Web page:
History of Our Church

The St. Johnís Episcopal Church, Marion, NC dates back to May 24, 1881, but it was not the first Episcopal Church in McDowell County.  St. Gabrielís Episcopal Church can be traced to 1874 when the first service was held in the hotel in Old Fort.  It was not until 1893 when the Bishop consecrated aĒstick GothicĒ structure for St. Gabrielís.  

Bishop Theodore B. Lyman fully supported the mission in Old Fort, but he also wanted to see an Episcopal Church in the county seat so in 1881 he sent the Rev. Charles T. Bland to McDowell County to serve St. Gabrielís and to found a church in Marion.

For the first two years of St. Johnís, services were held in private homes and other church buildings.  A sixty by 90 foot plot of land where the church stands today was purchased in June 1882 for twenty-five dollars and construction began in April, 1883.  It is likely that the original building design was based upon a plan book by Richard Upjohn, designer of Trinity Church in New York.  

The first service in the new building was held on November 26, Thanksgiving  Day, 1883 although construction and furnishing of the Church building was not completed until 1886.  In 1891 the church was consecrated by Bishop Lyman with seven families and ten communicants.  The building was valued at $1000 and had a seating capacity of seventy-five.  In 1897 the first Rectory was purchased, being an ďold houseĒ on a lot extending from Main Street to Garden Street.

The two parishes continued to thrive, often sharing the services of the Rector until the flood of 1916 when St. Gabrielís was broken apart by a landslide and floated off its foundations.  Beyond repair, the building was abandoned and the congregation merged with St. Johnís in Marion.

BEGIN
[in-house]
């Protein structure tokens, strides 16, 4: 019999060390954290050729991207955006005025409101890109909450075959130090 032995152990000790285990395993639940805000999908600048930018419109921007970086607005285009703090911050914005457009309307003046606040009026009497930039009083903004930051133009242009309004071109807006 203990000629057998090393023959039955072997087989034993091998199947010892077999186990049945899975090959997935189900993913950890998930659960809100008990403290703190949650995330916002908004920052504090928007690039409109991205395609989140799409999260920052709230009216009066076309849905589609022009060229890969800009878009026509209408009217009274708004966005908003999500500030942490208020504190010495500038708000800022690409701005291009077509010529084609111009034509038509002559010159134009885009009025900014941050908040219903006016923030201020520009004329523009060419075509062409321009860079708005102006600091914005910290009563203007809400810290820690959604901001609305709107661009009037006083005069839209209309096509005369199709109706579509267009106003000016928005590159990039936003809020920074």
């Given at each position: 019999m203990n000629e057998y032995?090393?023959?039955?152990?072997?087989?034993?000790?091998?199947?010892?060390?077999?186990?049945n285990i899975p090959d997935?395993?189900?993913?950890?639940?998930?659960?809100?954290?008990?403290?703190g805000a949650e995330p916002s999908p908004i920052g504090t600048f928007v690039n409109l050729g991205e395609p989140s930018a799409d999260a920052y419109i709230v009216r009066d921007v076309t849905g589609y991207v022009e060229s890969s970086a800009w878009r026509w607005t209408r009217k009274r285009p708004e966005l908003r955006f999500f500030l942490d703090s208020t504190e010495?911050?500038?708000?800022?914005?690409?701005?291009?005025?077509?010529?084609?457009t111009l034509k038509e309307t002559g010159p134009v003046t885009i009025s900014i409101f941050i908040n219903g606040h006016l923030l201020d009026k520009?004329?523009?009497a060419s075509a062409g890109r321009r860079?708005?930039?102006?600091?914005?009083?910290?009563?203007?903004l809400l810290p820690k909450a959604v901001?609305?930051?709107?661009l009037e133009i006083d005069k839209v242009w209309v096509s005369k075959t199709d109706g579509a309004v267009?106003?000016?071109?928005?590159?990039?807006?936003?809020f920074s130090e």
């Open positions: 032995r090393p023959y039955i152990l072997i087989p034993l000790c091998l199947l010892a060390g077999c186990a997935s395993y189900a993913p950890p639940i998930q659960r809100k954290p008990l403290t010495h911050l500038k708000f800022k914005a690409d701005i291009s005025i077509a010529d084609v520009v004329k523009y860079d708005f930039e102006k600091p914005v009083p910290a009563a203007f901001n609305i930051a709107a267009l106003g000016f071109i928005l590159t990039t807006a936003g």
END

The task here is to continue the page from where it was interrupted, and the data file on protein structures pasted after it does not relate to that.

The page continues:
In 1899, Albert and Charlotte Walker Blanton were married by Rector Charles Wingate.  The Blanton family would later (1924) give the stained glass window depicting St. John the Scribe located above the altar.  The window was imported from Munich, Germany.  

In 1944 the Sacristy and Choir Room were enlarged and the church nave was extended by seventeen feet toward Main Street.  For many years, there were dreams of having a Parish House to support the church activities and finally, on April 29, 1956 the cornerstone was laid for the building we now use every day, especially to support our many Outreach activities.  

The stained glass window facing Main Street was dedicated in 1978 in memory of Silas Walker Blanton.  The final design combined a theme both personal and biblical taken from a Morning Prayer Canticle  and Psalm 148, ďA Song of CreationĒ and includes mountains and hills, green things, waters, fish (whales), quail (foals) and dogs (beasts).

A building committee was formed in 1963 and recommended that the Rectory be sold and a new house purchased.  This is the house located between the Church and the Parish House.  

The remaining land between the Church and the Rectory was then purchased with the intent of constructing a new church and converting the existing church into a chapel.  This never happened and the original structure is still in use today.  In 1965 a playground was established, including a swing set and sandboxes.  In 1994 a Noahís ark was added.

In 1991 St. Johnís Episcopal Church was listed on the National Register of Historic Places.  The North Carolina Historic Preservation Office then recommended extensive repairs including foundation repair, added crawlspace, removal of built up paint and repainting and the addition of gutters and downspouts to channel water away from the foundation, which were carried out in 1994.  

In 1998 the St. Johnís Episcopal Menís group constructed the St. Johnís Peace Chapel and Pavilion located beside the Community Garden.  This space is used for outdoor gatherings including the annual Pentecost Service, the Animal Food Bank, a space for bagpipe lessons, and many other events.  Photo of picnic shelter

In 2002 St. Johnís purchased the property south of the Parish House and this became the site of the Columbarium/ Memorial Garden and Labyrinth in 2010.